Finally, we encourage adoption of a developmental objective to "Increase the proportion of children and mothers assessed for eligibility for the Special Supplemental Program for Women, Infants, and Children (WIC) and enrolled into the program if eligible." We note that the timing of enrollment can be impacted by the length of time premature infants may be in the Neonatal Infant Care Unit, and stress the importance of timely enrollment post-discharge.

J. Nutrition and Weight Status (NWS)

The Academy appreciates the use of people-first language related to the disease of obesity and offers comment to either elucidate or clarify a number of the proposed objectives for NWS:

  • For NWS-2030-01, "Reduce household food insecurity and in doing so reduce hunger," we note this can be achieved by adding subsidies to healthy food options such as fruits and vegetables, adding an education component such as SNAP-Ed providing real options for purchasing and preparing healthy foods on tight or no budgets, and encouraging so-called Good Samaritan laws to allow increased donations of otherwise thrown-away foods.
  • The Academy believes that NWS-2030-02, "Reduce the proportion of adults who have obesity," is definitely needed. We encourage the ODPHP to set a realistic, measurable weight loss goal (such as 20% from 2020 levels) or even propose minimum weight goals of 3% for individuals with overweight or obesity. Given their effectiveness in achieving these goals, we encourage ODPHP to include RDNs in support language to facilitate weight loss goals. In addition, we suggest encouraging the provision of anti-bias training as a requirement for continuing education, in medical schools, and in other schools training health care providers as we know that many people with overweight and obesity avoid the doctor because of bias and the way they are treated.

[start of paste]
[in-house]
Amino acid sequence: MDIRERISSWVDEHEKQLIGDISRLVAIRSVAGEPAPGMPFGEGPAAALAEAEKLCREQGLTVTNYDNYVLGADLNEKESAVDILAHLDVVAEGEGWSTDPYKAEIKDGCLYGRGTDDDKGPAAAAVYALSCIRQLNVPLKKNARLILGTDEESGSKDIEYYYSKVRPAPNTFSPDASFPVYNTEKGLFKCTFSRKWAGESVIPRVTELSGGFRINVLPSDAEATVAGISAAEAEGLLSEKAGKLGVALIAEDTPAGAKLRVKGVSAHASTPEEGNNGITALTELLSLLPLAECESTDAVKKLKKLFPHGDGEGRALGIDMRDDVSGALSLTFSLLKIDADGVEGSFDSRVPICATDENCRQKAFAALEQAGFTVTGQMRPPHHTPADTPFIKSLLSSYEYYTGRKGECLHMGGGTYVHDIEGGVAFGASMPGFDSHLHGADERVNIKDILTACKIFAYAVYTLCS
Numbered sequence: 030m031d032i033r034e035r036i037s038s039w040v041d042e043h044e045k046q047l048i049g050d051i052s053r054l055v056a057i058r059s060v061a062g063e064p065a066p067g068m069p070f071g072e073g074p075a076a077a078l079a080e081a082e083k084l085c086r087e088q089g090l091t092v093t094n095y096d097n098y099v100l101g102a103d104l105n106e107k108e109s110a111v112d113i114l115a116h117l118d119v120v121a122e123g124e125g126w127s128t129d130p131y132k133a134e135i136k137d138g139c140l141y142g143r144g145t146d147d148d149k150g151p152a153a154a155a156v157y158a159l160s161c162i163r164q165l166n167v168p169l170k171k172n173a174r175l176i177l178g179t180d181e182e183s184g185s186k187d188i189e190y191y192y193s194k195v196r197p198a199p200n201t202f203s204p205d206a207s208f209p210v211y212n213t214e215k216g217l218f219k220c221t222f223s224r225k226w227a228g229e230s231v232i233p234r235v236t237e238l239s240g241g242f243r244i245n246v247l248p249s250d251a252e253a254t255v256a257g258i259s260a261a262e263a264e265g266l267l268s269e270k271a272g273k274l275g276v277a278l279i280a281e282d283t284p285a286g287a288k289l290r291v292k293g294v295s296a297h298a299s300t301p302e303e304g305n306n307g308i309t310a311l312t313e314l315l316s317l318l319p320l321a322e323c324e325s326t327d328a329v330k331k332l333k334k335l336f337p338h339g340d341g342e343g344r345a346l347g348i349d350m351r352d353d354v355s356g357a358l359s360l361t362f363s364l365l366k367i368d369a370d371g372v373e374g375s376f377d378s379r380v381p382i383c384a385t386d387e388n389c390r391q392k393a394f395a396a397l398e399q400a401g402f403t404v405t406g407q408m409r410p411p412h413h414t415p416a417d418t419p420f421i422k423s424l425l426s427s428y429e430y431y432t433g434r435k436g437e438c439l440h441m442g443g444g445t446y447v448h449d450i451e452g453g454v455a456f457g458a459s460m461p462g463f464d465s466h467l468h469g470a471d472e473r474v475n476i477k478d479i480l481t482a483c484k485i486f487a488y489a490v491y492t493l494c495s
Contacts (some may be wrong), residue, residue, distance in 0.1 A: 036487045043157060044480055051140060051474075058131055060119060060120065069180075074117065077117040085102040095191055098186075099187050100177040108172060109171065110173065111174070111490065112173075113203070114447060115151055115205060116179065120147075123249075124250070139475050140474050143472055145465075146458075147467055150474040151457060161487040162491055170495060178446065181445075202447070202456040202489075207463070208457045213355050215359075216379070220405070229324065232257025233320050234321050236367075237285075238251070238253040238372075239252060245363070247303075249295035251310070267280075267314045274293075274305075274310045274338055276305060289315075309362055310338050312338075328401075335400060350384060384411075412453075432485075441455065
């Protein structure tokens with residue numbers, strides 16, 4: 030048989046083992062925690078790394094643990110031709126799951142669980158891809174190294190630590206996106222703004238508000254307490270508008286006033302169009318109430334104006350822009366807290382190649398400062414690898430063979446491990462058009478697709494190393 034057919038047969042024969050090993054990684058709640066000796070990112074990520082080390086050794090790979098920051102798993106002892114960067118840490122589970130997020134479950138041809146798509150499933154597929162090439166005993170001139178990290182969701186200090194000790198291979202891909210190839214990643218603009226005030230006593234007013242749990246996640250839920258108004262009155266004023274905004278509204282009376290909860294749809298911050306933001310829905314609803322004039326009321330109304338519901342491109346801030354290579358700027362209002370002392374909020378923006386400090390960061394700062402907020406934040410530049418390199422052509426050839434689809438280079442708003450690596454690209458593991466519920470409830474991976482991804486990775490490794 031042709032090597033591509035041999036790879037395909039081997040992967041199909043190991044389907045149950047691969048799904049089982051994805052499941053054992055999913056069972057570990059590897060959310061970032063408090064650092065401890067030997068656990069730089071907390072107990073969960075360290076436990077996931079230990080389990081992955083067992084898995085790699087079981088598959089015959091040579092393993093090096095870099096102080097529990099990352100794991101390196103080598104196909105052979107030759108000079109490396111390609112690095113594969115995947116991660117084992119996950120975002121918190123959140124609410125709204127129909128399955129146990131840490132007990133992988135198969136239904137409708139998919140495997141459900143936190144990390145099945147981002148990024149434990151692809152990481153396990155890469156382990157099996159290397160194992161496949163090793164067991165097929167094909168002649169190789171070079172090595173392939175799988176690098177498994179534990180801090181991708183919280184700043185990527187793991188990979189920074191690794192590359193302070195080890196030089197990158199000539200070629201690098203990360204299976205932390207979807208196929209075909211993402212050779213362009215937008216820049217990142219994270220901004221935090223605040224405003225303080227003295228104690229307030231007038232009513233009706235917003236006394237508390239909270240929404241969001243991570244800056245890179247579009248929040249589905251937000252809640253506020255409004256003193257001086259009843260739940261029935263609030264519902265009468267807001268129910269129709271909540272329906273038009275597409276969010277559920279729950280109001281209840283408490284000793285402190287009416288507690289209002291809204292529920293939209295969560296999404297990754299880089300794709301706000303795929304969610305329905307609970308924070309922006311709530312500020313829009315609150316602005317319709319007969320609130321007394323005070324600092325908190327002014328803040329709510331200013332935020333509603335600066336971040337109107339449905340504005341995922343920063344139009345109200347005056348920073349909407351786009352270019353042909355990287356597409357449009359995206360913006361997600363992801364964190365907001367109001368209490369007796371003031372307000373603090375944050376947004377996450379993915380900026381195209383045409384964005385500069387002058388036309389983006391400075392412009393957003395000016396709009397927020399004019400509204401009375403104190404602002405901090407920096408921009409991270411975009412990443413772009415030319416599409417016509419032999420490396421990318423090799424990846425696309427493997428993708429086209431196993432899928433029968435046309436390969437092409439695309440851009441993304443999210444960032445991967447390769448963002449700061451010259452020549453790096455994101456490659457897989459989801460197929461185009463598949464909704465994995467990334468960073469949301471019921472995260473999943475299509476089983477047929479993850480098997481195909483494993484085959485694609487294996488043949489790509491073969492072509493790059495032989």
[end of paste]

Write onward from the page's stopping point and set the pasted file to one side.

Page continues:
• We note that with respect to NWS-2030-04, "Increase the proportion of physician office visits made by adult patients who have obesity that include counseling or education related to weight reduction, nutrition, or physical activity," we are concerned that this wording excludes counseling and education provided by RDNs outside a primary care physicians office, which the U.S. Preventive Services Task Force recognizes is significantly more effective than counseling by primary care providers. Most physician offices are not equipped to have RDN counseling, and we suggest changing this objective to "Increase the proportion of physician office visits made by adult patients who have obesity that include counseling or education related to weight reduction, nutrition, or physical activity or referrals to a dietitian or weight management program or consultations with an RDN or other qualified health care provider." Insurers should reimburse providers with demonstrable results such as registered dietitian nutritionists, exercise physiologists, and behavioral counselors for a clinically sufficient number of visits and additionally determine "success" through more data than just weight, such as improved quality-of-life or improved metabolic markers.  We note that progress can be realized even before patients achieve the designated modest weight loss in the designated time frame, if, for example, they achieve increased knowledge and skills (i.e., preparation stage of change) and often exhibit improved metabolic markers without much weight status change.  In general, we note that primary care physicians do not generally have the time, training, inclination, financial incentive, or expertise this type of counseling.
  • For many of the proposed NWS objectives, we suggest the value of enhanced Family and Consumer Sciences courses in schools emphasizing a variety of life skills as part of the solution. By offering similar opportunities for parents and adults to easy and affordable access to these courses, an even more substantial value may be realized.
  • We strongly support the proposed objectives NWS-2030-06, NWS-2030-07, NWS-2030-09, and NWS-2030-10.
  • For NWS-2030-12, we suggest modifying the proposed objective to read "Increase consumption of calcium in the population aged 2 years and older from food sources" to make clear the value of obtaining this mineral from whole foods and not additional supplementation.